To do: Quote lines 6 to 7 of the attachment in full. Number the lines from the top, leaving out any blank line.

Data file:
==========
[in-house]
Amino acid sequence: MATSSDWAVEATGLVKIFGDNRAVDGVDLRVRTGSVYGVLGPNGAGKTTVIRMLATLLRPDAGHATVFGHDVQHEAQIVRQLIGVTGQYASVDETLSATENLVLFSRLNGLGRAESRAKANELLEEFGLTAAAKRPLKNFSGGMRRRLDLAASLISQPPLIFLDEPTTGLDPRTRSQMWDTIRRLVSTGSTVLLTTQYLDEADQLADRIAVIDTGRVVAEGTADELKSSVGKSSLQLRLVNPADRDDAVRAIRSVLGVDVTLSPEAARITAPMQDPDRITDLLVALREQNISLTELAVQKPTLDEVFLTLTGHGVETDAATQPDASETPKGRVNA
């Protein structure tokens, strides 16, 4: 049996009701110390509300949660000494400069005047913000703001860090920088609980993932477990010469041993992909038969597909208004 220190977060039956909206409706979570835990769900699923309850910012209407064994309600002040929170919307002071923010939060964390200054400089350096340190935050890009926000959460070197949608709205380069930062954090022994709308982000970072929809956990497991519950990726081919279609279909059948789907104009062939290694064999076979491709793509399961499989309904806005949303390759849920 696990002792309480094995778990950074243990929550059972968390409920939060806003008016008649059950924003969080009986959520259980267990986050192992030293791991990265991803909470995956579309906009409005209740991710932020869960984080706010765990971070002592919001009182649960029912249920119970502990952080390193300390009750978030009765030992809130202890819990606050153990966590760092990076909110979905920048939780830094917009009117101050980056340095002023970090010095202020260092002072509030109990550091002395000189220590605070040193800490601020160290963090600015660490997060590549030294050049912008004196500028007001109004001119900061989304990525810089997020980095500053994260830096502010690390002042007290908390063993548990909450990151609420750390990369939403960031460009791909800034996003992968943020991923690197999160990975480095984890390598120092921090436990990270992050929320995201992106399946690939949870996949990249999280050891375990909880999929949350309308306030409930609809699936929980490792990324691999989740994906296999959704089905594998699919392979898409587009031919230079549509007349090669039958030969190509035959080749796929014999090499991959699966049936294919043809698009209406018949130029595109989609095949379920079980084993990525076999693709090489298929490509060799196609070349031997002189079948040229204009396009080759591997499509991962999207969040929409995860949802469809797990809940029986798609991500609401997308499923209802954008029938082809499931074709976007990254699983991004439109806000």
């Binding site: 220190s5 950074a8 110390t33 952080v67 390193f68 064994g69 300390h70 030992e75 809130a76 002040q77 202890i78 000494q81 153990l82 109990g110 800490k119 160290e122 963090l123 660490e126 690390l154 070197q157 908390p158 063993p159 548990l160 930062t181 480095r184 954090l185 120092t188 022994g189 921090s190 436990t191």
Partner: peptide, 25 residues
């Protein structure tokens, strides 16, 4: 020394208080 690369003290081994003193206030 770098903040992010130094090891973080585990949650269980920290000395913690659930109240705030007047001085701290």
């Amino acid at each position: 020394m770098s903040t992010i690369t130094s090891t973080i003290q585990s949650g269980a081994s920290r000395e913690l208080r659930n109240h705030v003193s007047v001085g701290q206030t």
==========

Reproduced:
């Protein structure tokens, strides 16, 4: 020394208080 690369003290081994003193206030 770098903040992010130094090891973080585990949650269980920290000395913690659930109240705030007047001085701290």
């Amino acid at each position: 020394m770098s903040t992010i690369t130094s090891t973080i003290q585990s949650g269980a081994s920290r000395e913690l208080r659930n109240h705030v003193s007047v001085g701290q206030t």